Home News Concentration of particulate matter is far higher in India

Concentration of particulate matter is far higher in India

The concentration of particulate matter (both PM10 and PM2.5) are found to be 2-5 times higher than the permissible limits set by Central Pollution Control Board for ambient air quality, 100 μg/m3 for PM10 and 60 μg/m3 for PM2.5 (NAAQS, 2009) in India and 10-15 times higher than the WHO 24 hours average limits (50 μg/m3 and 25 μg/m3 PM10 and PM2.5 respectively) for all the monitored buildings (WHO,2016), say the findings of the Project MAQUID (Monitoring of Air Quality in Urban Indoors in Delhi).

The educational institutes (schools and colleges) top the list for high PM concentration. The Total Volatile Organic Compounds (TVOC) levels are also recorded high with highest in hospitals and restaurants due to rampant use of chemical cleaning agents, floor cleaners and cooking oils. Similarly, the CO2 levels were recorded high in hospitals, colleges, offices as well as in restaurants due to higher occupancy and inadequate ventilation. Though schools too have higher occupancy but all the selected schools are naturally ventilated so CO2 levels are within the permissible limits except one or 2 schools as defined by ASHRAE. The indoor/outdoor (I/O) ratios are calculated for PM10 and PM2.5 in the selected microenvironments. The schools fared the worst with the PM2.5 I/O ratios being reported more than one in all the selected six schools. I/O ratio more than one indicated the presence of a potential source indoors.

The highlighting factors from the findings of the study for research on IAQ research in India are:

  • Concentrations of outdoor air pollutants penetrating to the indoor environments.
  • Building materials with high TVOC compounds.
  • Indoor agents, like paints, glues, polishing materials perfumes, spray propellants and cleaning agents.
  • Building characteristics such as the air tightness and ventilation.
  • Building occupancy and living space.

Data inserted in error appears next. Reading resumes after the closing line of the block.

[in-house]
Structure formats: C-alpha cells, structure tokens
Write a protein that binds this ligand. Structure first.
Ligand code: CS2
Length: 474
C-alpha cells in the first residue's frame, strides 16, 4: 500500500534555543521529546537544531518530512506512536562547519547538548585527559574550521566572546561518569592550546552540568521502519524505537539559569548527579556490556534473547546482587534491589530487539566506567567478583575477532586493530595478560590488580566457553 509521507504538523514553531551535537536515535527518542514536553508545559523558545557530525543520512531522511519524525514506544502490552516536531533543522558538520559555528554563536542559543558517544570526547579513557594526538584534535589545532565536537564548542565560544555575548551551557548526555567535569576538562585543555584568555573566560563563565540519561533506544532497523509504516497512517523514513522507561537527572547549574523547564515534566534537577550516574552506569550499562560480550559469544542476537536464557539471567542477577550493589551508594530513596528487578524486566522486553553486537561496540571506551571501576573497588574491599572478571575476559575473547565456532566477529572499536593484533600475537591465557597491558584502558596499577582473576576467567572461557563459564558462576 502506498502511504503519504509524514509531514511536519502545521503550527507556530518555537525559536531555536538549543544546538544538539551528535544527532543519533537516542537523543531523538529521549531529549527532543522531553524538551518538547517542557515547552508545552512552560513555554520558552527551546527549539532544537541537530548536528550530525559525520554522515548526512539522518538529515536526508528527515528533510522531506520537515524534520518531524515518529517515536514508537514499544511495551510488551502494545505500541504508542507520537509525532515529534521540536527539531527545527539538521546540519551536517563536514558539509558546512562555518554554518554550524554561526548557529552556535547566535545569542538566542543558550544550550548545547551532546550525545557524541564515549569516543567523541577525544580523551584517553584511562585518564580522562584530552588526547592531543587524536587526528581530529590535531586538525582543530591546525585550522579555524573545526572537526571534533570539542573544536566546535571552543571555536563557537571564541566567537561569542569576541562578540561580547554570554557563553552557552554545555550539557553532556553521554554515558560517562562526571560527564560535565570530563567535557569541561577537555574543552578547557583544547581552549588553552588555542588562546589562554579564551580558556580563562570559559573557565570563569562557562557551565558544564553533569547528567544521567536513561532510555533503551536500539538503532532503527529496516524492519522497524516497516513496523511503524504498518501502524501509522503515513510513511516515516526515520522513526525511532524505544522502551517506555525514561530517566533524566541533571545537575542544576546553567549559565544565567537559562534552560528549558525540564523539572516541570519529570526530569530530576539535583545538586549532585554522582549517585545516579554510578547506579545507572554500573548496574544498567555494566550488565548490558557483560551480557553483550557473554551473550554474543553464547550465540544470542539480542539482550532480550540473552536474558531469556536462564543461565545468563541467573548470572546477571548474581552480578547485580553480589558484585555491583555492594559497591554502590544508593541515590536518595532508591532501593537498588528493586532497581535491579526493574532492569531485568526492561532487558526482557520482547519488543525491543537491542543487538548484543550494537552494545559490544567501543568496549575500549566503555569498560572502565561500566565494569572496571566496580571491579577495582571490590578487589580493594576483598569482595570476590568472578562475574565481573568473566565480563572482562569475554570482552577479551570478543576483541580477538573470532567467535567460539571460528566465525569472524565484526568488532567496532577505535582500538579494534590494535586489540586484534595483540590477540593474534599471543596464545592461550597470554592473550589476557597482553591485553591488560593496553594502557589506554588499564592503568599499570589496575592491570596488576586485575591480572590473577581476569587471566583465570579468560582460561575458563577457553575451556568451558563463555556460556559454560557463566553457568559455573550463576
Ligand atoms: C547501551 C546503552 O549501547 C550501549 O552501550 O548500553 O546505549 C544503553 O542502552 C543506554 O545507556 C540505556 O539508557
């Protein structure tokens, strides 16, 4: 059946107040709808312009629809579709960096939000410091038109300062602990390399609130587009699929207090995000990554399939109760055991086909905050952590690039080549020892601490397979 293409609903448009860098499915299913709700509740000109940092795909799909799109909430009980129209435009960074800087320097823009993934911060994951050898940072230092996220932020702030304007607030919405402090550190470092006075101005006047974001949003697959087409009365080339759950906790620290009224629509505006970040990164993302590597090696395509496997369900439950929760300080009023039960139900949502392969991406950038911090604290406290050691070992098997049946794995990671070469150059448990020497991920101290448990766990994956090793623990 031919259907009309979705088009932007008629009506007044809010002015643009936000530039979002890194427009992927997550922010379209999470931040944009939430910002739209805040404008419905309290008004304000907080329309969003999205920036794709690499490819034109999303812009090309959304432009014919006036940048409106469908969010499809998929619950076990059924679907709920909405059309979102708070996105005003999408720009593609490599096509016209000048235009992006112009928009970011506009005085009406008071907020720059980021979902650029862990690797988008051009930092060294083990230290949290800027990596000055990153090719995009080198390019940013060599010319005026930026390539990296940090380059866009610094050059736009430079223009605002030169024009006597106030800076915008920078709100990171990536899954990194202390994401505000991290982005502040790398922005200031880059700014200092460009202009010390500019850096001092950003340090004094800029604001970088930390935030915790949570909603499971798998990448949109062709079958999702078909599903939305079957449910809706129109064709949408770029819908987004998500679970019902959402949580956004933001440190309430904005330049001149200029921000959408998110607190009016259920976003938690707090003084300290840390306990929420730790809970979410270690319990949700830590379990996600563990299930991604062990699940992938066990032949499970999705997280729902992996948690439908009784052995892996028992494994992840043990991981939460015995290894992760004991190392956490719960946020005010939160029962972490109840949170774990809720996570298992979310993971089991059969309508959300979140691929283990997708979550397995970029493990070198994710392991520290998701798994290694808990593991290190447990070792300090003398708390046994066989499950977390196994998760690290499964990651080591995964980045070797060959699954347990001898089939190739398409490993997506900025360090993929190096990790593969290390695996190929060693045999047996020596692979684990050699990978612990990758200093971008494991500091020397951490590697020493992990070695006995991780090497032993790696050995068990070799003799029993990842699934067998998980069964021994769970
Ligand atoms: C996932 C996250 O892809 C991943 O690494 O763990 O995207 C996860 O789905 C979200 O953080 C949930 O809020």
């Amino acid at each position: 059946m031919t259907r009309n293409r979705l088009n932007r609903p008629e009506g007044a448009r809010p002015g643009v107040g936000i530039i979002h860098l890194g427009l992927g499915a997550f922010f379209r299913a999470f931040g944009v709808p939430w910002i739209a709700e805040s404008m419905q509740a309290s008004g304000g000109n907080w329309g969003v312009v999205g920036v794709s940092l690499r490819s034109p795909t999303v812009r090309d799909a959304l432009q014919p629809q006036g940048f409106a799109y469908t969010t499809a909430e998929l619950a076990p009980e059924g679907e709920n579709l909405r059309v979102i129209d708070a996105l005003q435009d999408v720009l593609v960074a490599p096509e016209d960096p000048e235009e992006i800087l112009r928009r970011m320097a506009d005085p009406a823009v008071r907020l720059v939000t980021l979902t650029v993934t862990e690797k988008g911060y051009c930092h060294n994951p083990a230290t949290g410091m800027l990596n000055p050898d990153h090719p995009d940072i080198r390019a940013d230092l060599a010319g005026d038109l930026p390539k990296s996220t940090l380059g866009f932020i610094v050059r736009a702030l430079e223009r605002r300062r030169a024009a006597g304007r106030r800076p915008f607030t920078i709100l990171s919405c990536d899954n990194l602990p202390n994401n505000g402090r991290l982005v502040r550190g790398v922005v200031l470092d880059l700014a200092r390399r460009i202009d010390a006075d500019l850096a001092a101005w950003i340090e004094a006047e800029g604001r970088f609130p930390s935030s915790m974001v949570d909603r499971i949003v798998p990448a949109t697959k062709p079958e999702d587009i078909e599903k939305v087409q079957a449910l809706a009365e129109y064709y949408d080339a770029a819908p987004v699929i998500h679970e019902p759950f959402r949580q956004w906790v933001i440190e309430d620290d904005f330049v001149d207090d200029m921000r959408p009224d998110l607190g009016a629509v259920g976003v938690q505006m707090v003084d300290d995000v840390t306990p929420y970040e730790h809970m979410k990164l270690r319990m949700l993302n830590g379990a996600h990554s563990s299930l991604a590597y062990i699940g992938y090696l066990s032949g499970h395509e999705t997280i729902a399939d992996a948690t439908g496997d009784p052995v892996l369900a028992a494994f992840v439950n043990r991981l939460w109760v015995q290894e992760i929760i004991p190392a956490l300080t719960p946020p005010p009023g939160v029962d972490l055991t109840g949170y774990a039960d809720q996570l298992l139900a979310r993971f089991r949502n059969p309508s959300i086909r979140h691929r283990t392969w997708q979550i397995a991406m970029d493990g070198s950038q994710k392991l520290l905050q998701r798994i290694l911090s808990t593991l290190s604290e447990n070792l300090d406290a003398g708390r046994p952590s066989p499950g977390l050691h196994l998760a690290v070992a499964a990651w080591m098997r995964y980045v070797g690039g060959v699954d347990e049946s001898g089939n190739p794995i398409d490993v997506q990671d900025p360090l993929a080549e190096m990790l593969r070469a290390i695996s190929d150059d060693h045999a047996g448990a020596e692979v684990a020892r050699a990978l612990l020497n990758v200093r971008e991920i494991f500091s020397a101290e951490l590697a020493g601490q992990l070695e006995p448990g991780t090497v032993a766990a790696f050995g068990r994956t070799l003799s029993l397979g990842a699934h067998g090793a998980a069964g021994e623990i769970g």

• Equipment used within the buildings (example, photocopiers, printers, heaters).
  • The customs, habits and traditions of the residents.

The study was conducted on total 37 buildings across Delhi including the schools, colleges, hospitals, shopping malls, restaurants, offices and cinema halls (considered to be the priority indoor environments, where chances of exposure to indoor air pollutants are maximum) during the critical winter period for the city starting from 15th October 2019 – 30th January 2020.

24-hour monitoring was conducted in most of the selected buildings for indoor air pollutants, including PM10, PM2.5, TVOC along with comfort parameters (Temperature, Relative Humidity and CO2 concentrations) using Sensedge® air quality monitors from Kaiterra®, which is a medium cost sensor based monitor designed specifically for monitoring of Indoor air quality.

The physical characteristics, such as number of doors and windows, air purifiers, air conditioning systems, carpets, furniture, photocopiers and printers inside the building, running of diesel generator sets, distance of the buildings from the road sides with heavy traffic are also recorded during the study.

The baseline survey was conducted by Centre of Excellence for Research on Clean Air (CERCA), IIT Delhi; Society for Indoor Environment (SIE), and Kaiterra, an air quality instrument company.

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